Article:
Direct homages to gamelan music are to be found in works for western instruments by John Cage, particularly his prepared piano pieces, Colin McPhee, Lou Harrison, Béla Bartók, Francis Poulenc, Olivier Messiaen, Pierre Boulez, Bronislaw Kaper and Benjamin Britten. In more recent times, American composers such as Henry Brant, Steve Reich, Philip Glass, Dennis Murphy, Loren Nerell, Michael Tenzer, Evan Ziporyn, Daniel James Wolf and Jody Diamond as well as Australian composers such as Peter Sculthorpe, Andrew Schultz and Ross Edwards have written several works with parts for gamelan instruments or full gamelan ensembles. I Nyoman Windha is among contemporary Indonesian composers that have written compositions using western instruments along with Gamelan. Hungarian composer György Ligeti wrote a piano étude called Galamb Borong influenced by gamelan. Avant-garde composer Harry Partch, one of America's most idiosyncratic composers, was also influenced by Gamelan, both in his microtonal compositions and the instruments he built for their performance[30]

In jazz, the music of Don Cherry, especially his 1968 record Eternal Rhythm, shows influences of gamelan music.

American folk guitarist John Fahey included elements of gamelan in many of his late-1960s sound collages, and again in his 1997 collaboration with Cul de Sac, The Epiphany of Glenn Jones. Influenced by gamelan,[31]Robert Fripp and Adrian Belew used rhythmically interlocking guitars in their duets with each other in the 1981–1984 trilogy of albums (Discipline, Beat, Three of a Perfect Pair) by rock band King Crimson[32][33] and with The League of Crafty Guitarists.[34] The gamelan has also been used by British multi-instrumentalist Mike Oldfield at least three times, "Woodhenge" (1979), "The Wind Chimes (Part II)" (1987) and "Nightshade" (2005).

On the debut EP of Sonic Youth the track 'She's not Alone' has a gamelan timbre. Experimental pop groups The Residents, 23 Skidoo (whose 1984 album was even titled Urban Gamelan), Mouse on Mars, His Name Is Alive, Xiu Xiu, Macha, Saudade, The Raincoats and the Sun City Girls have used gamelan percussion. Avant-garde performance band Melted Men uses Balinese gamelan instruments as well as gamelan-influenced costumes and dance in their shows. The Moodswinger built by Yuri Landman gives gamelan–like clock and bell sounds, because of its 3rd bridge construction. Indonesian-Dutch composer Sinta Wullur has integrated Western music and gamelan for opera.

Influence on contemporary music[edit]

In contemporary Indonesian music scene, some groups fuse contemporary westernized jazz fusion music with the legacy of traditional ethnic music traditions. In the case of Krakatau and SambaSunda, the bands from West Java, the traditional Sundanese kacapi suling and gamelan degung Sunda orchestra is performed alongside drum set, keyboard and guitars. Other bands such as Bossanova Java fused Javanese music with bossa nova, while the Kulkul band fuse jazz with Balinese gamelan.

The Indonesian singer Anggun often incorporated in her works Indonesian traditional tunes from the gamelan and tembang style of singing. Typical gamelan tunes can be traced in several songs in her album Snow on the Sahara such as "Snow on the Sahara", "A Rose in the Wind", and also in her collaboration works with Deep Forest on "Deep Blue Sea" on their 2002 album, Music Detected. Philippine-born Indonesian singer Maribeth Pascua also features gamelan tunes in her songs Denpasar Moon and Borobudur.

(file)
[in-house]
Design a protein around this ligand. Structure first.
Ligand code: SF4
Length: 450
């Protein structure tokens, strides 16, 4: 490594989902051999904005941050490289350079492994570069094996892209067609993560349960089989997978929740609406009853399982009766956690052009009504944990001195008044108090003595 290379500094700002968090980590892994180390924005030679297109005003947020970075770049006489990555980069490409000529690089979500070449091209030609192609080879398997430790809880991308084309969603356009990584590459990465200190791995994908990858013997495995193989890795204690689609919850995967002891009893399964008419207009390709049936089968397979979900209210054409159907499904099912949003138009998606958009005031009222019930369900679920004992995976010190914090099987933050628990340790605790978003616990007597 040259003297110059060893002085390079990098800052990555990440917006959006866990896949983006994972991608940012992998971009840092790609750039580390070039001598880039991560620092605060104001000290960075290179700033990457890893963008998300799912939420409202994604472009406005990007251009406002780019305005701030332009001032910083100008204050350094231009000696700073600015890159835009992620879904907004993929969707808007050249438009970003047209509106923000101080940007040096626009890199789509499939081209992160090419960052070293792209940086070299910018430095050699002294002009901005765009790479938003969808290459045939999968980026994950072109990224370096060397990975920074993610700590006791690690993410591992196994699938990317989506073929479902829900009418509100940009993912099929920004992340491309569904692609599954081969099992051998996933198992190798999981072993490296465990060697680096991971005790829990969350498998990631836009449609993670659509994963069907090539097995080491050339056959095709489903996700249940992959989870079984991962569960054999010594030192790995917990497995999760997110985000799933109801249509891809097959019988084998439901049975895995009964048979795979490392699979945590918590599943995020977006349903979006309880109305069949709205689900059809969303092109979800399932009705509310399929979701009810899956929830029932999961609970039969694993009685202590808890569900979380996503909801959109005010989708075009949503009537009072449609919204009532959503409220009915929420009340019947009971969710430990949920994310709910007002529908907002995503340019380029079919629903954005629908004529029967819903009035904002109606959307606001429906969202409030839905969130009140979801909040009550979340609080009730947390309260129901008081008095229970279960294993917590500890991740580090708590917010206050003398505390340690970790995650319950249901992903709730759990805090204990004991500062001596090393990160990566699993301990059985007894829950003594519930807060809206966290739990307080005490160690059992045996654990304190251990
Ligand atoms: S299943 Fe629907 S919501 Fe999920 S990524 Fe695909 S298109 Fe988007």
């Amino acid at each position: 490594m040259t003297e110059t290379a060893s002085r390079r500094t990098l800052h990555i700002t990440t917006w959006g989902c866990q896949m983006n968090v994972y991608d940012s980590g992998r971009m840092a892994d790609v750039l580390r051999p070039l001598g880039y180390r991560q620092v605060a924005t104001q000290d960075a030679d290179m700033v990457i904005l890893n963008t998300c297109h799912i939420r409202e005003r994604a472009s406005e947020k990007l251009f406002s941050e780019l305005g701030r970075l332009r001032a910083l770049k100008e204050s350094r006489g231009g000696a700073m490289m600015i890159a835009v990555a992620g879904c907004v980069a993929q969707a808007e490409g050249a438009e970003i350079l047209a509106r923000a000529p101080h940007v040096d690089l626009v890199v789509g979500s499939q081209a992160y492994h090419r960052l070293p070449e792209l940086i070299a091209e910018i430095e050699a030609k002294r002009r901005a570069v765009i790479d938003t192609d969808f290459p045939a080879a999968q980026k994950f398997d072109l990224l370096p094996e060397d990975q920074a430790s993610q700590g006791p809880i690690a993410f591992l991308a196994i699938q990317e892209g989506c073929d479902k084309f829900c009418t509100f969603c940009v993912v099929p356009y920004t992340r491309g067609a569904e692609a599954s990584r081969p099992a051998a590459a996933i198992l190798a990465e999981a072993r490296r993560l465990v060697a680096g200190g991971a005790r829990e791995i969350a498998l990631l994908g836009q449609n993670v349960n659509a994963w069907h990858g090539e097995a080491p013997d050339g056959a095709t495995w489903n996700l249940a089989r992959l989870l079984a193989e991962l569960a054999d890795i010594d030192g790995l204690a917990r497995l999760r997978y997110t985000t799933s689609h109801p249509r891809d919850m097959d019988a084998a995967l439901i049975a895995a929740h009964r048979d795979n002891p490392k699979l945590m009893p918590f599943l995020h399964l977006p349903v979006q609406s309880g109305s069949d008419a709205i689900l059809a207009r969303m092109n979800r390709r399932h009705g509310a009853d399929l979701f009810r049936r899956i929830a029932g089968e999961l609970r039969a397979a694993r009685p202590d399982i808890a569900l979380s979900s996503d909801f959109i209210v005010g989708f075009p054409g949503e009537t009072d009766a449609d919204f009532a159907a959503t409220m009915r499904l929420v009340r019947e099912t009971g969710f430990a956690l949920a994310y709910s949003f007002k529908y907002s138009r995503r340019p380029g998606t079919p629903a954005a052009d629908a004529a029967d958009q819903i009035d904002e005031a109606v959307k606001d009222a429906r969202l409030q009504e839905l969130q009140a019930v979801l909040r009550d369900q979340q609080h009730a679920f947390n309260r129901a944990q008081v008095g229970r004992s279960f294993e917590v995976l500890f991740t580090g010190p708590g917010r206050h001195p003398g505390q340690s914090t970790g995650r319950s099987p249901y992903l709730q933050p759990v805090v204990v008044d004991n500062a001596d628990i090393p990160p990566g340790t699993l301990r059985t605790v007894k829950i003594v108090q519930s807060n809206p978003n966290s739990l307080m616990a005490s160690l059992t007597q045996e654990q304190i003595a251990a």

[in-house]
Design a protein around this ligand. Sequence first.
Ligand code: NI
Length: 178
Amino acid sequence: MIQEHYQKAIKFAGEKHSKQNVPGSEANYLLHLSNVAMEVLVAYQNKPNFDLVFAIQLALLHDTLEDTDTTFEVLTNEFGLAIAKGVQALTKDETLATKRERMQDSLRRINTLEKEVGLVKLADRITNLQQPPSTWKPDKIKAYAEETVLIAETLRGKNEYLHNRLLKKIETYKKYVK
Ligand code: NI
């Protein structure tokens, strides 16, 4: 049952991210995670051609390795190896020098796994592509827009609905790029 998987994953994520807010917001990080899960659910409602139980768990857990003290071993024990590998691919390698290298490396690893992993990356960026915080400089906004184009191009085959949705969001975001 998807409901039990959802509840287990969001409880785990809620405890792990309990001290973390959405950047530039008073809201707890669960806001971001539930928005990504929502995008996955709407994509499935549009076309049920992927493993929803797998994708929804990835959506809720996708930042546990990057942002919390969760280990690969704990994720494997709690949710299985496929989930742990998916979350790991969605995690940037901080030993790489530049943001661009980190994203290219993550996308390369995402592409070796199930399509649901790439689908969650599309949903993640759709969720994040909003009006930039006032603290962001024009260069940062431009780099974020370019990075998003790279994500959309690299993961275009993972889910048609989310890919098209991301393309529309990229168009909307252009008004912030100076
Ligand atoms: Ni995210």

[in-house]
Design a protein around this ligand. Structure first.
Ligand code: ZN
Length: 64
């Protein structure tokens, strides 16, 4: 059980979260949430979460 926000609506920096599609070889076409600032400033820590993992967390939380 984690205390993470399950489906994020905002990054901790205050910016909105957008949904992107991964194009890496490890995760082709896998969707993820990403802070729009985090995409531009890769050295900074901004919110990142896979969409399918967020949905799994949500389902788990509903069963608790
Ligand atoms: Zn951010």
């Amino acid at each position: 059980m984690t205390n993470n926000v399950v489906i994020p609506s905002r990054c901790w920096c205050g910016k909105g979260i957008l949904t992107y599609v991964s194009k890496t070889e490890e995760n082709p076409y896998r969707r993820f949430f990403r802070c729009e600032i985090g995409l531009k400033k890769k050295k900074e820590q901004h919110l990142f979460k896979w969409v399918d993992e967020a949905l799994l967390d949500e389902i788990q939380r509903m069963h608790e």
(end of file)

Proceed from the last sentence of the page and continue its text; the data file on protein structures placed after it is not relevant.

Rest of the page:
Beyond Indonesia, gamelan has also had an influence on Japanese popular music, specifically the synthpop band Yellow Magic Orchestra. Their 1981 record Technodelic,[35] one of the first albums to heavily rely on samples and loops, made use of gamelan elements and samples. Yellow Magic Orchestra member Ryuichi Sakamoto also used gamelan elements for his soundtrack to the 1983 British-Japanese film Merry Christmas, Mr. Lawrence,[36] which won him the 1983 BAFTA Award for Best Film Music.[37]

Many listeners were introduced to the sounds of gamelan by the popular 1988 Japanese anime film Akira. Gamelan elements are used in this film to punctuate several exciting fight scenes, as well as to symbolize the emerging psychic powers of the tragic hero, Tetsuo. The gamelan in the film's score was performed by the members of the Japanese musical collective Geinoh Yamashirogumi, using their semar pegulingan and jegog ensembles, which were also used in the previous album, Ecophony Rinne. Gamelan and kecak are also used in the soundtrack to the video games Secret of Mana and Sonic Unleashed. The two opening credits of 1998 Japanese AnimeNeo Ranga use Balinese music (Kecak and Gamelan gong kebyar). Each "waking up" of Ranga in the anime uses the Gong Kebyar theme. The musical soundtrack for the Sci Fi Channel series Battlestar Galactica features extensive use of the gamelan, particularly in the 3rd season,[38] as do Alexandre Desplat's scores for Girl With A Pearl Earring and The Golden Compass. James Newton Howard, who composed Disney's 2001 feature film Atlantis: The Lost Empire, chose Gamelan for the musical theme of the Altanteans.[39]

Loops of gamelan music appear in electronic music. An early example is the Texas band Drain's album Offspeed and In There, which contains two tracks where trip-hop beats are matched with gamelan loops from Java and Bali and recent popular examples include the Sofa Surfers' piece Gamelan, or EXEC_PURGER/.#AURICA extracting, a song sung by Haruka Shimotsuki as part of the Ar tonelico: Melody of Elemia soundtracks.

Gamelan influences can also be heard in the 2004 award-winning pop song, Pulangkan, a theme from the gamelan-cultural related film Pontianak Harum Sundal Malam by Malaysian songbird Misha Omar and also the 2006 hip hop song, Tokyo Drift (Fast & Furious), by Teriyaki Boyz.

In the Regular Show episode "150-Piece Kit", a gamelan is mentioned to be part of the eponymous kit.